How often do we think ourselves into crime?This was a question I had often asked myself. Something must occur in the mind between good and evil behaviour. Some thought must be made in order to step over the divide into lawlessness.
When I caught him, he had an easy answer to this question. ‘It’s perfectly logical,’ he said. ‘When I choose a victim, I use a simple process. Poverty, as you know, creates crime. My victim is poor. So by implication HE is a criminal. So I am doing a social good by doing crime against him.’
The logic was not so obvious to me. And words such as vigilante came into my mind.
I had been hired by the committee of a run down housing estate. It was a typical estate found in any city. Poverty was rife, and along with it came drug abuse and the myriad crimes to support it.
They were in absolute despair when I arrived. They had hired a private investigator because the police had totally failed to stop the crime wave that was blighting the estate. ‘It’s not like the normal crime we get,’ said the chairman of the committee. ‘It’s more targeted.’
The police had failed for a reason, and the secret of my success was working out what that reason was. They had rounded up all the usual suspects, the petty criminals, the gang leaders, the desperate heroin addicts. But none fitted the bill. The estate seemed to be targeted by a more sophisticated criminal, indulging in silent beatings in lonely alleys, burglaries, and even arson. There was no sense to it, but still a pattern yearned to be identified. Which was when I came up with the idea that it must be a vigilante.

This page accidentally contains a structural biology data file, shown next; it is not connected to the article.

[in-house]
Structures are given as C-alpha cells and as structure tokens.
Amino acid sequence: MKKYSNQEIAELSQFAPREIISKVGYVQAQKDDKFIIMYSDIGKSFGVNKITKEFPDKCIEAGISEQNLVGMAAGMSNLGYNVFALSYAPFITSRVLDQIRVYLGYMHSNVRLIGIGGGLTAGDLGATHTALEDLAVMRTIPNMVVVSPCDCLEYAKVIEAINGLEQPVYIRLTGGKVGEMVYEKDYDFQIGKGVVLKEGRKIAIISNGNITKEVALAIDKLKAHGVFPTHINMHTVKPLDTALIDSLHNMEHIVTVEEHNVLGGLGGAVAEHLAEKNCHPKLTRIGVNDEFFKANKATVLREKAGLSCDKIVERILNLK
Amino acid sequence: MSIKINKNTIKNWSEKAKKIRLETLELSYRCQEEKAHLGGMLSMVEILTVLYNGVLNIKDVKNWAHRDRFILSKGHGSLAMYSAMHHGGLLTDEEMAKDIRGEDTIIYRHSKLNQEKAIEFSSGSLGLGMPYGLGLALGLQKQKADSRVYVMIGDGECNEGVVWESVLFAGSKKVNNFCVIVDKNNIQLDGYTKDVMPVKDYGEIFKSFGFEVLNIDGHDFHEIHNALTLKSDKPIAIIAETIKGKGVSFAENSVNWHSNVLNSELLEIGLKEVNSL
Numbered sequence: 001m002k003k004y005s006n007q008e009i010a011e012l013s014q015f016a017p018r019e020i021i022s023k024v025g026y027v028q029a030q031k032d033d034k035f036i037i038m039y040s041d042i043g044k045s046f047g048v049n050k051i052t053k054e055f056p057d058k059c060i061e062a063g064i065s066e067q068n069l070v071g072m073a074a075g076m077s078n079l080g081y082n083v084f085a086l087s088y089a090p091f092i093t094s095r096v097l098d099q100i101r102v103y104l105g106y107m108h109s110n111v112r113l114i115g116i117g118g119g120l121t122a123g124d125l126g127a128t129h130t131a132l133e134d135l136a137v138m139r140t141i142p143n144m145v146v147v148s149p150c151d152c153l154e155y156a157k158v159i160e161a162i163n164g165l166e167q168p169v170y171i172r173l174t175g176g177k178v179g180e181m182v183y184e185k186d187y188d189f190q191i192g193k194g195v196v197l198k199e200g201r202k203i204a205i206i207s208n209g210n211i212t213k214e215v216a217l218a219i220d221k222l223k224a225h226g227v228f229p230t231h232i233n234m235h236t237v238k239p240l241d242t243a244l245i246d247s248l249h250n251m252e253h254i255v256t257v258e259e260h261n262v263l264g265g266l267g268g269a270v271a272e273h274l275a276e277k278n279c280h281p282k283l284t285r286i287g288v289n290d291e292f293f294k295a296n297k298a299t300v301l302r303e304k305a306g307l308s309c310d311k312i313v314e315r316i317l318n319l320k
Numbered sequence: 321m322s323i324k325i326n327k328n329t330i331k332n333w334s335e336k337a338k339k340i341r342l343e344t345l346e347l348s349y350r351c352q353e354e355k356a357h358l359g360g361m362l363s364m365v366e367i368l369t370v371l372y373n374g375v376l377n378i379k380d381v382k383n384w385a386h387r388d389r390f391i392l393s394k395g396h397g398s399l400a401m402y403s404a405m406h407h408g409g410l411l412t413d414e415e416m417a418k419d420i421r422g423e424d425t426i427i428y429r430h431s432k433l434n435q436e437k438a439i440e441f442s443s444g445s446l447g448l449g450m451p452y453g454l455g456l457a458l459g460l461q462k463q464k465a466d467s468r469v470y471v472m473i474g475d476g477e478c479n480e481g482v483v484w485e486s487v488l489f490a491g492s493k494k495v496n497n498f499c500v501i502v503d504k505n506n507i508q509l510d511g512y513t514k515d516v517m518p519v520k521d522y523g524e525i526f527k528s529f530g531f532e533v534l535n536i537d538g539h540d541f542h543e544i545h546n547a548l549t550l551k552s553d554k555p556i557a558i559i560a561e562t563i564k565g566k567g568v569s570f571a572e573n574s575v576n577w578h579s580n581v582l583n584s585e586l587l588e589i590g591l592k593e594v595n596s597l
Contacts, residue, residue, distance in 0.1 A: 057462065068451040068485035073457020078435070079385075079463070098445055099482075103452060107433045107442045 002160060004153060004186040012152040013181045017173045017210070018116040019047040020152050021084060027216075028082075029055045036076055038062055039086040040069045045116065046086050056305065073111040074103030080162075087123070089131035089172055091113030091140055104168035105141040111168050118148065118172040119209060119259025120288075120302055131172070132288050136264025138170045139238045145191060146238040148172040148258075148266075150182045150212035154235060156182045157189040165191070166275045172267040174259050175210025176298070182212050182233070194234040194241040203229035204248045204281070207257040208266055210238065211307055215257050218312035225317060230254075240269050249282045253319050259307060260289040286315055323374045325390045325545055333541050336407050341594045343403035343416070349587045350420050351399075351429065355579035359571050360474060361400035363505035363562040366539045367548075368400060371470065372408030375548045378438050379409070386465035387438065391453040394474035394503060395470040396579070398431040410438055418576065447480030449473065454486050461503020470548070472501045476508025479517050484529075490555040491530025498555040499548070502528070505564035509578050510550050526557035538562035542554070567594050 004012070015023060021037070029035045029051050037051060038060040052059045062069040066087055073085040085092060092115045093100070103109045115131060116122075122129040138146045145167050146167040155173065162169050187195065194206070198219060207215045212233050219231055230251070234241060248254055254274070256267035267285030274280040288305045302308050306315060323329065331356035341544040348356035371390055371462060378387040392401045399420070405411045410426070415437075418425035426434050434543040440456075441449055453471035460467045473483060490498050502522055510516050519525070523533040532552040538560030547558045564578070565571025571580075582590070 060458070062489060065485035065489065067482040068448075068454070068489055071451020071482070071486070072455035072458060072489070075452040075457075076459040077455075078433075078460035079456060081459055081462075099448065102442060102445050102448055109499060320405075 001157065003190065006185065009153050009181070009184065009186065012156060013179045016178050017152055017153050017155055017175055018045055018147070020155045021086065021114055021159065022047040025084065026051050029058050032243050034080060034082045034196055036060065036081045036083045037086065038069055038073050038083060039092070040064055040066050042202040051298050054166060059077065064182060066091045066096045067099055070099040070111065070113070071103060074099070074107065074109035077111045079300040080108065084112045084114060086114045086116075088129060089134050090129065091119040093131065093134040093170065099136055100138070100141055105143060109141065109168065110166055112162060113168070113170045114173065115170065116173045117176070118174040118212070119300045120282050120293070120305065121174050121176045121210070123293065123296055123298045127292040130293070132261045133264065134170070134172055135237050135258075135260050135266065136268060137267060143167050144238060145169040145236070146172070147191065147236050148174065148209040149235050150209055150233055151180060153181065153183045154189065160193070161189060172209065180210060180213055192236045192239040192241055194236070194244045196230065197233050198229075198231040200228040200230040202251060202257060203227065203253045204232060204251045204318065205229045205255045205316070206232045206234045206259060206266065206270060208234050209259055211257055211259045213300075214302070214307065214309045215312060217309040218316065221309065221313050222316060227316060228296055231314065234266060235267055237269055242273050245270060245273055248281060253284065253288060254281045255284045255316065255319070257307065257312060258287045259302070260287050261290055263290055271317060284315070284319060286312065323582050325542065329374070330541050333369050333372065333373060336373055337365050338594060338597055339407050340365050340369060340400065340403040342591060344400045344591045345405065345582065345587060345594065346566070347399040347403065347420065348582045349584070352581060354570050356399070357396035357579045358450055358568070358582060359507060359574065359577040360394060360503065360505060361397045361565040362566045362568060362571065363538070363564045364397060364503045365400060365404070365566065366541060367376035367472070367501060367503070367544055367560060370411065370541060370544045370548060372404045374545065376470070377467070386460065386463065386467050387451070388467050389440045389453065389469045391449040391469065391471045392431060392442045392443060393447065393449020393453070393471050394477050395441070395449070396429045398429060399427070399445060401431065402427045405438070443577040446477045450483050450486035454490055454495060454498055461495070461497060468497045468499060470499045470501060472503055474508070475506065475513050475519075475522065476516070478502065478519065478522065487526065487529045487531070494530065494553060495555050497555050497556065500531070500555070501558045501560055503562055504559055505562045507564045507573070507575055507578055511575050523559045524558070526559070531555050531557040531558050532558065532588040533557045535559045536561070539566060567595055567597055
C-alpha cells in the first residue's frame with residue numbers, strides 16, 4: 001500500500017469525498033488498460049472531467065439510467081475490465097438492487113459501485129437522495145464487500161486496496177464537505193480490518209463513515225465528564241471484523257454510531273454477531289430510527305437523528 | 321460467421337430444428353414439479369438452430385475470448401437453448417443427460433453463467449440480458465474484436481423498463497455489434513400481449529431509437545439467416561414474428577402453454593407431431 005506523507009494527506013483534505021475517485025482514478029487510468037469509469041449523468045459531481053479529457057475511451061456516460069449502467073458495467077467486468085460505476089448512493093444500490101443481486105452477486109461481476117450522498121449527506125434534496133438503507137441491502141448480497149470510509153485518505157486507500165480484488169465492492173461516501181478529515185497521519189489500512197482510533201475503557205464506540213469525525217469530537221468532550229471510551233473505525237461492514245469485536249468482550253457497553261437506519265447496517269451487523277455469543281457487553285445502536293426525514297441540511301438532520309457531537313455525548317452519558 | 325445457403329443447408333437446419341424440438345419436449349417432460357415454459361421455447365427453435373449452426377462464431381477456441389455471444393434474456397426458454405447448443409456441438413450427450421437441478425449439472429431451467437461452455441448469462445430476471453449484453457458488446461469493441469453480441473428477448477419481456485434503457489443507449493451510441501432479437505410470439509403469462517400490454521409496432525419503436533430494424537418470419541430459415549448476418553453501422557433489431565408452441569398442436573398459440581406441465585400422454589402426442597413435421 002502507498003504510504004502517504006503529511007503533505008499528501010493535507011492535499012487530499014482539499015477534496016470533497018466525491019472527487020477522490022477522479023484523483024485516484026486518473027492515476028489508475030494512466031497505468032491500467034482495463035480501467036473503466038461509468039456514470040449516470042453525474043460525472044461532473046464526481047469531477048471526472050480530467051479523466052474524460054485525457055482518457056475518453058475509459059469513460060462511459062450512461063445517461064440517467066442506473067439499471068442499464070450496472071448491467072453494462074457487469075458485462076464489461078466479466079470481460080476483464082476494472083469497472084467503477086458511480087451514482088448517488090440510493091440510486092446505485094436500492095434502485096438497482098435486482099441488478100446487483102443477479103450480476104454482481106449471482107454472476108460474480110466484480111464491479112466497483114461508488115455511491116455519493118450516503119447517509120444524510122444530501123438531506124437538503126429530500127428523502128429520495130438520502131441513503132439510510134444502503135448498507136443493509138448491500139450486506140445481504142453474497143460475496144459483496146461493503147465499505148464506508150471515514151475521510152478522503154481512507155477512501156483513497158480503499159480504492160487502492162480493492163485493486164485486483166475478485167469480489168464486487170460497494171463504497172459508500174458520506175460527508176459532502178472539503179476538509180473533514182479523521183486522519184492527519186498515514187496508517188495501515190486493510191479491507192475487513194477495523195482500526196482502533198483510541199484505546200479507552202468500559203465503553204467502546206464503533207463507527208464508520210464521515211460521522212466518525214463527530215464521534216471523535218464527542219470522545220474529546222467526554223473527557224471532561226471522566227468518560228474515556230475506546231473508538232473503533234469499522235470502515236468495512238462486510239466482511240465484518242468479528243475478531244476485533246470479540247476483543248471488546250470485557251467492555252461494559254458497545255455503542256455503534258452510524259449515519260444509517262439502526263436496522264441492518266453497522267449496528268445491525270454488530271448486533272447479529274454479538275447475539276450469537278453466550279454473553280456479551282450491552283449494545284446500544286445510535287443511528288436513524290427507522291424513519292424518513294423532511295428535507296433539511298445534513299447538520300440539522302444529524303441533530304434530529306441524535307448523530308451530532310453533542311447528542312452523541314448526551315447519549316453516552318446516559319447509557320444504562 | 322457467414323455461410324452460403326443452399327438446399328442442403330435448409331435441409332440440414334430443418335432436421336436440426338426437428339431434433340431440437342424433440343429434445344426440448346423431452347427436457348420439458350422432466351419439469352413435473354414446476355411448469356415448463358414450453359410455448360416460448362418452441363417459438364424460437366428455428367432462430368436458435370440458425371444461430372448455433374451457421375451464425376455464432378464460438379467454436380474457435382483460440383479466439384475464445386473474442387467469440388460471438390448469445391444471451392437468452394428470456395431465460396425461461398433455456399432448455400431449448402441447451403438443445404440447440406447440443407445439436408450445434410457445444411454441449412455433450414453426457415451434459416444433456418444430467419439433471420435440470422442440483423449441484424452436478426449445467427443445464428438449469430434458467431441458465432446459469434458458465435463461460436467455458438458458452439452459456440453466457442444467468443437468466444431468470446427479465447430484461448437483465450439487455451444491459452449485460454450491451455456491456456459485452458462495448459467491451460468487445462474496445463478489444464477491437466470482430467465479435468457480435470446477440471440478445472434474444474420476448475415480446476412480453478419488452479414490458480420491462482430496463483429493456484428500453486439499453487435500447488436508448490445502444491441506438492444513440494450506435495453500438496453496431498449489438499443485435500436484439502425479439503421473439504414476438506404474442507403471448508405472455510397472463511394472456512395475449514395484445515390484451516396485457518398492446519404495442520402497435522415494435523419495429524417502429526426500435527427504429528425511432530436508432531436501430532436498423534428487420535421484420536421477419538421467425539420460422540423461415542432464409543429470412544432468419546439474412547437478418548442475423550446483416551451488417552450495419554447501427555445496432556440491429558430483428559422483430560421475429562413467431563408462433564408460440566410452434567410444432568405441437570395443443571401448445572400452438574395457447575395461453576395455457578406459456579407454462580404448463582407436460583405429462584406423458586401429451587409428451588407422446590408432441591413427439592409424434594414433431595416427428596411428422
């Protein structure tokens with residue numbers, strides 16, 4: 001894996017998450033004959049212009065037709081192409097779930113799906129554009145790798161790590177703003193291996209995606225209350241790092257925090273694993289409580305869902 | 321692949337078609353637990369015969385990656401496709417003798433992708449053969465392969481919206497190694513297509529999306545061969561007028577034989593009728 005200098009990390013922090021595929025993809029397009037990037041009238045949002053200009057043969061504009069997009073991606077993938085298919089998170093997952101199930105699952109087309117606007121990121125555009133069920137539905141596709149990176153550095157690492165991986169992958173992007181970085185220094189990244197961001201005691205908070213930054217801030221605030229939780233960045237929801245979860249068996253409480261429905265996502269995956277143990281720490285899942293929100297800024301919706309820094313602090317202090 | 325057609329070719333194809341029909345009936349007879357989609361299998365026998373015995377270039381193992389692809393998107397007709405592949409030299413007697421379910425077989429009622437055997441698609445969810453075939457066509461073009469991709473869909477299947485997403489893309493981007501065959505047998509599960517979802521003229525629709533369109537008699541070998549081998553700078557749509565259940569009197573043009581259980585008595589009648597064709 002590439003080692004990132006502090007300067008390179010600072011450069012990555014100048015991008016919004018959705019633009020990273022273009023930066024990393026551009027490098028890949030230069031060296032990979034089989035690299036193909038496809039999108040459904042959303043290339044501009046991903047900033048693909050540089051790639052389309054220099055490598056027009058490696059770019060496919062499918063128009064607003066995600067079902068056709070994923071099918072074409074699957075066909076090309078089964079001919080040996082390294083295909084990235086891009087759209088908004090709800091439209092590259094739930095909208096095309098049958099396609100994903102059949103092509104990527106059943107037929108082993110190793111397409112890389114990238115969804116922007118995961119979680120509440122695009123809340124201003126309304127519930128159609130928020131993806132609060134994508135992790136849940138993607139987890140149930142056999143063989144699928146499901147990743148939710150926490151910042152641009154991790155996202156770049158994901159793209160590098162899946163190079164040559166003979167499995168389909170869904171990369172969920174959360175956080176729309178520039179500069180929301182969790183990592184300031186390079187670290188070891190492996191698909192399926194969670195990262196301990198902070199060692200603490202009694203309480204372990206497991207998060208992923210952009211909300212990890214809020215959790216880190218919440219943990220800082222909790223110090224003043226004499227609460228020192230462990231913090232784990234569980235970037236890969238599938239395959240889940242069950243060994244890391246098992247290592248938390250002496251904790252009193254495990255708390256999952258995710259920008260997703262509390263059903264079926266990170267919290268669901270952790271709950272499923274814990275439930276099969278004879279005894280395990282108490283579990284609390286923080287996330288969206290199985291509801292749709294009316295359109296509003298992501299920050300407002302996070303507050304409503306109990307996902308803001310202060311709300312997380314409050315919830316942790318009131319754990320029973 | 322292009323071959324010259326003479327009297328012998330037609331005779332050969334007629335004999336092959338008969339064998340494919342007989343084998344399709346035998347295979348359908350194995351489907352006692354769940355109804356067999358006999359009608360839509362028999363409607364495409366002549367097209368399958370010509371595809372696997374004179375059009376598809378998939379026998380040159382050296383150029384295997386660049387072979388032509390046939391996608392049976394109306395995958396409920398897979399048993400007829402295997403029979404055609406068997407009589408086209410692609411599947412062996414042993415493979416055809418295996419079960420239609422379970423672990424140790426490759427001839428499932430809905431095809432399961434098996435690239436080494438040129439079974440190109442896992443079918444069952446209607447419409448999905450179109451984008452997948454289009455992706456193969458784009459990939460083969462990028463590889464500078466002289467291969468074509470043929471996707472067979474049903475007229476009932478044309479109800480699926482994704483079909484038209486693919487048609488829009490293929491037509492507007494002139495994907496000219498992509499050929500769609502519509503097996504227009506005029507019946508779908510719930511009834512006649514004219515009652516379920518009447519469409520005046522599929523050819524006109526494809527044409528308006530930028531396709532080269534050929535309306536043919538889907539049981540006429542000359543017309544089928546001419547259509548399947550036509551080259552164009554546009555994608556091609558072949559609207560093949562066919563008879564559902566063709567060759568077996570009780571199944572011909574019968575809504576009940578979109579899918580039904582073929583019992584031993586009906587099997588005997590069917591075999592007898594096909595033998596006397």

Once that deduction had been made, it became quite easy to set a trap for him. And that is when I caught him. That is when he equated poverty with crime.
‘But most of the victims of crime are poor,’ I reasoned, but he was having none of it. He had become sure of his logic, and he would continue to believe no matter what evidence I came up with. Unless, that is, I could come up with an argument that would pierce the mental armour he had constructed around his actions.
I studied him intently, his expensive clothing, a Rolex watch, a Mercedes parked close by. ‘So tell me,’ I eventually said, ‘if poverty creates crime, why do you do what you do?’
He looked puzzled. ‘Explain.’
‘You are a criminal. Yet you are rich.’
© Anthony North, June 2006
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